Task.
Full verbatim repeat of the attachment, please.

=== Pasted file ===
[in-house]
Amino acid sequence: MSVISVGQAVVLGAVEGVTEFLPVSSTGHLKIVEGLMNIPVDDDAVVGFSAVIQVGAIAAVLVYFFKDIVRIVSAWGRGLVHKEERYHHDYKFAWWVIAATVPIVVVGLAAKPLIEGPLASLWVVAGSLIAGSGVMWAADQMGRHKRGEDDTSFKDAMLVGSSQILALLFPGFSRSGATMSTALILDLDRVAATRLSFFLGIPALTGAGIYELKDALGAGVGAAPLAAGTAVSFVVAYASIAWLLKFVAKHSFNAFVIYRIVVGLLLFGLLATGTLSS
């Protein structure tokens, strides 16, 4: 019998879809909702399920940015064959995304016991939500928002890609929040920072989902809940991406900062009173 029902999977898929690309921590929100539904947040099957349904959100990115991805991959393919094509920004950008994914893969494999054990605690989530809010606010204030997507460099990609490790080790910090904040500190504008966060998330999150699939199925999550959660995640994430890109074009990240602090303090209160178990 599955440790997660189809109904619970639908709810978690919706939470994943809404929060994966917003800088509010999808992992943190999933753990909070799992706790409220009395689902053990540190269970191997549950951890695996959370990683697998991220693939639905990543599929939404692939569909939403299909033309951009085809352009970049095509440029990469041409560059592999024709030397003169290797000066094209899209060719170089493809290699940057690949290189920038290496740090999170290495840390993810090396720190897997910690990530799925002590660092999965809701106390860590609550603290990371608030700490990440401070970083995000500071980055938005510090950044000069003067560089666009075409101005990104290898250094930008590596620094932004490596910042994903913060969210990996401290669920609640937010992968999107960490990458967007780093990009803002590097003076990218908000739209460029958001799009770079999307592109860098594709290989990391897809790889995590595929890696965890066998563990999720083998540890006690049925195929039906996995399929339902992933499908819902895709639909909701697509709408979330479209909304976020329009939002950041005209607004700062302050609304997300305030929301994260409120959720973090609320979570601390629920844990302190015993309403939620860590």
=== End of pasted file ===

[in-house]
Amino acid sequence: MSVISVGQAVVLGAVEGVTEFLPVSSTGHLKIVEGLMNIPVDDDAVVGFSAVIQVGAIAAVLVYFFKDIVRIVSAWGRGLVHKEERYHHDYKFAWWVIAATVPIVVVGLAAKPLIEGPLASLWVVAGSLIAGSGVMWAADQMGRHKRGEDDTSFKDAMLVGSSQILALLFPGFSRSGATMSTALILDLDRVAATRLSFFLGIPALTGAGIYELKDALGAGVGAAPLAAGTAVSFVVAYASIAWLLKFVAKHSFNAFVIYRIVVGLLLFGLLATGTLSS
């Protein structure tokens, strides 16, 4: 019998879809909702399920940015064959995304016991939500928002890609929040920072989902809940991406900062009173 029902999977898929690309921590929100539904947040099957349904959100990115991805991959393919094509920004950008994914893969494999054990605690989530809010606010204030997507460099990609490790080790910090904040500190504008966060998330999150699939199925999550959660995640994430890109074009990240602090303090209160178990 599955440790997660189809109904619970639908709810978690919706939470994943809404929060994966917003800088509010999808992992943190999933753990909070799992706790409220009395689902053990540190269970191997549950951890695996959370990683697998991220693939639905990543599929939404692939569909939403299909033309951009085809352009970049095509440029990469041409560059592999024709030397003169290797000066094209899209060719170089493809290699940057690949290189920038290496740090999170290495840390993810090396720190897997910690990530799925002590660092999965809701106390860590609550603290990371608030700490990440401070970083995000500071980055938005510090950044000069003067560089666009075409101005990104290898250094930008590596620094932004490596910042994903913060969210990996401290669920609640937010992968999107960490990458967007780093990009803002590097003076990218908000739209460029958001799009770079999307592109860098594709290989990391897809790889995590595929890696965890066998563990999720083998540890006690049925195929039906996995399929339902992933499908819902895709639909909701697509709408979330479209909304976020329009939002950041005209607004700062302050609304997300305030929301994260409120959720973090609320979570601390629920844990302190015993309403939620860590």